Stressed farmers: Access mental health support when you need it
Farmers struggling under the weight of more and complex challenges don’t need to feel alone, and mental health professionals urge them to reach out to others.
Weighing on Canada’s agriculture sector has been many burdens relating to weather, trade issues and now, the added stress of COVID-19.
These combine to create “a perfect storm of uncertainty that is creating its share of stressful thoughts, worry and fear,” says Jackie Ralph of the Canadian Mental Health Association (CMHA).
Know the signs
The increased emotional strain isn’t always obvious.
Notice if you’re feeling overwhelmed for extended periods, and whether that feeling improves or gets worse as a good personal check-in, Ralph says.
Notice if you’re feeling overwhelmed for extended periods, and whether that feeling improves or gets worse.
“Do I dread getting out of bed, already anxious about what can go wrong today before my feet have even hit the floor?” Ralph asks. “Are my relationships at home being affected? Are these worries altering my sleep and eating patterns?”
It’s also good to know the difference between fatigue and physical and emotional exhaustion: “Exhaustion can mean that even the thought of brushing my teeth is overwhelming.”
Ralph adds physical symptoms can include unexplained aches and pains and an inability to catch your breath.
Producers experiencing any of these symptoms shouldn’t bottle up their feelings, says Adelle Stewart, executive director of the Do More Agriculture Foundation. She encourages them to find someone to talk to.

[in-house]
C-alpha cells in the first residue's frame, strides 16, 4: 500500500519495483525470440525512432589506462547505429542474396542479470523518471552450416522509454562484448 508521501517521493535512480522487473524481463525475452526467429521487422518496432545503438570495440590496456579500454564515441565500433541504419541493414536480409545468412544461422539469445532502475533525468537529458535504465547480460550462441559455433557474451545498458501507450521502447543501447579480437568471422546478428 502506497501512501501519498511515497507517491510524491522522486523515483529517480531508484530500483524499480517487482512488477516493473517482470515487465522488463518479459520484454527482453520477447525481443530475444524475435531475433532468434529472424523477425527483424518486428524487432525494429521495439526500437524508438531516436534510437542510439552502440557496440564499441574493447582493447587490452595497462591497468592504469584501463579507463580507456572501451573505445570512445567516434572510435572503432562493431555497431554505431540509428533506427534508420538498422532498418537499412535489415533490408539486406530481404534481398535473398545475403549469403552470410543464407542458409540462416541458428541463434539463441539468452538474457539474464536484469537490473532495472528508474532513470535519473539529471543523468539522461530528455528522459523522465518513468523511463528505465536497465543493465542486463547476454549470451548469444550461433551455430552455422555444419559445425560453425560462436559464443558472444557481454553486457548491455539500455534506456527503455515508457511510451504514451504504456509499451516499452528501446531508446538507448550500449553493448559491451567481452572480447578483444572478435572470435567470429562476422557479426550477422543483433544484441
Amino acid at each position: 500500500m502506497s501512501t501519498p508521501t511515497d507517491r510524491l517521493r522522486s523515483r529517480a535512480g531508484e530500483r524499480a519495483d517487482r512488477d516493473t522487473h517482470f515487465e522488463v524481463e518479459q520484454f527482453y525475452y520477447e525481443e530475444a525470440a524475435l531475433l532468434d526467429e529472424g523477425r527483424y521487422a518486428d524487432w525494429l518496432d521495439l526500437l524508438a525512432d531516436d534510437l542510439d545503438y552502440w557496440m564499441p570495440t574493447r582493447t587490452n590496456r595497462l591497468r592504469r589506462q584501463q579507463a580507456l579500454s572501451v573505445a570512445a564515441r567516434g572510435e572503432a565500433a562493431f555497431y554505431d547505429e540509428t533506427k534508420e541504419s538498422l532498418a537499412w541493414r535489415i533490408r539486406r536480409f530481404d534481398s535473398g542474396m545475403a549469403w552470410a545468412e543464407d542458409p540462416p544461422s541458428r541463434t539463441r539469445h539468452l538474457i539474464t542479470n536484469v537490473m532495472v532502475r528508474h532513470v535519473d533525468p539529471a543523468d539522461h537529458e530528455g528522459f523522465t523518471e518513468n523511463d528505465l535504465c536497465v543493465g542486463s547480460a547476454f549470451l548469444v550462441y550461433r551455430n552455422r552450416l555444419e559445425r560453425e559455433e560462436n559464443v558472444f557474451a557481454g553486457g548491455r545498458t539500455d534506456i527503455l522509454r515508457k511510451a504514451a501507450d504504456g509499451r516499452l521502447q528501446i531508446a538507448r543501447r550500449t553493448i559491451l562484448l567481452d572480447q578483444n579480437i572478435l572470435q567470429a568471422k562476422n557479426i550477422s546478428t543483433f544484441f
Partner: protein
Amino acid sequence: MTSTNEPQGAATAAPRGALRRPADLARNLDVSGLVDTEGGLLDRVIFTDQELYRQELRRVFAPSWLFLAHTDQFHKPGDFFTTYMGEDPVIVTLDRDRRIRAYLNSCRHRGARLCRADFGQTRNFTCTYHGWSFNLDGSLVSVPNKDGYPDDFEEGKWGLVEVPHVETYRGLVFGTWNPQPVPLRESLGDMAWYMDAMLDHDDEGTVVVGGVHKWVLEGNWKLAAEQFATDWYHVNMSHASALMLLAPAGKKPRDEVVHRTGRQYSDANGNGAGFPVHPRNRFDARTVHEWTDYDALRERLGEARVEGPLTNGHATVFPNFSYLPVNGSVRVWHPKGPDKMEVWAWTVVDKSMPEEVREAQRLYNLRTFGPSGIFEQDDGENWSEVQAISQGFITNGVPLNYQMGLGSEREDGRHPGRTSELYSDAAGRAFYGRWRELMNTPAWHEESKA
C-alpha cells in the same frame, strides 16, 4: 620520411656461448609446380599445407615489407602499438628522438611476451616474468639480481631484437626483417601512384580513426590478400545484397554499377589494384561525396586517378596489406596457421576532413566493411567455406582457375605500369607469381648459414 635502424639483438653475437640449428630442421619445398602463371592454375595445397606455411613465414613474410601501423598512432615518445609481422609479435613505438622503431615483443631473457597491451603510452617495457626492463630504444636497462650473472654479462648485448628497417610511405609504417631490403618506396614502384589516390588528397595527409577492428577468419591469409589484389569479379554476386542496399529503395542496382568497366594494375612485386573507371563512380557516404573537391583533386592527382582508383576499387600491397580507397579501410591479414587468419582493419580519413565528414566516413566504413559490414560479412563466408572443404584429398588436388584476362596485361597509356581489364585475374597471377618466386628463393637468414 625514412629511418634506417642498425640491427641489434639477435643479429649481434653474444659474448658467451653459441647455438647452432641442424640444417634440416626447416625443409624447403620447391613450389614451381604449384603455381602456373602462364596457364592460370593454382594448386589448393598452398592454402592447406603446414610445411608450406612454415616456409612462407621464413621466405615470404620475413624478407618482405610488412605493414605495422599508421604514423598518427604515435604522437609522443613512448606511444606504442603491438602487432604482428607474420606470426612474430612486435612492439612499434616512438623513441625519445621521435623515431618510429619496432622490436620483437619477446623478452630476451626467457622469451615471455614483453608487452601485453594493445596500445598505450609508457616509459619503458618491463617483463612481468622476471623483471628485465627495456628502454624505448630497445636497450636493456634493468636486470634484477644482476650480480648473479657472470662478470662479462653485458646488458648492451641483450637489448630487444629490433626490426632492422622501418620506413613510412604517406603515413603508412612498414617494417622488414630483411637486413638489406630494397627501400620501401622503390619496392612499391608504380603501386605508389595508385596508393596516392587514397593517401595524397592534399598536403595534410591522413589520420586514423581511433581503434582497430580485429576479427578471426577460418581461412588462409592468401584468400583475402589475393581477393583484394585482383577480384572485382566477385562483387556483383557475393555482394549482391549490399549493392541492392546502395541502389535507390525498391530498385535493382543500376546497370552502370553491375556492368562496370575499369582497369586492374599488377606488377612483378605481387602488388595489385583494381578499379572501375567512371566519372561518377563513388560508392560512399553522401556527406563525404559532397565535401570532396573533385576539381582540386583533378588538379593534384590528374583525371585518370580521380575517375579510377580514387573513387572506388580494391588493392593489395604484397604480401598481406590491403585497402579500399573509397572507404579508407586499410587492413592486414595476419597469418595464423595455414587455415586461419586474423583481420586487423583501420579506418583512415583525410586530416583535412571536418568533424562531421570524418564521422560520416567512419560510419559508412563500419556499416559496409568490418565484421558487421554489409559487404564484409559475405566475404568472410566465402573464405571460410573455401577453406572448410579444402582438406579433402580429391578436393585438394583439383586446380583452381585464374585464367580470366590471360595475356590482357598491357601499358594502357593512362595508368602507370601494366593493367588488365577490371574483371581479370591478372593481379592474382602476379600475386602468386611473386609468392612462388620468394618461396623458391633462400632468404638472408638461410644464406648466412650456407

“That could be a friend, neighbour or spouse, but can also be a professional on the other side of a telephone crisis line, and in an emergency, the hospital or 9-1-1,” Stewart says.
Ralph advocates peer support and recommends making time to communicate with other farmers.
“What better coping tool than connecting and getting a chance to hear from others in a similar situation?”
Resources vary by province, but one service that exists across Canada is 211.ca, which offers chat and telephone crisis intervention, Stewart says.
Ralph notes CMHA is the only agency in the country with a presence in every region, with branches providing similar core services.
Also, tap into mental health first aid training and tips like Rooted in Strength from Farm Credit Canada, she says.
Farming is a stressful business. If you’re feeling overwhelmed, reach out to someone — family, friends, peers, or professionals — but don’t shoulder your entire burden alone.
Article by: Richard Kamchen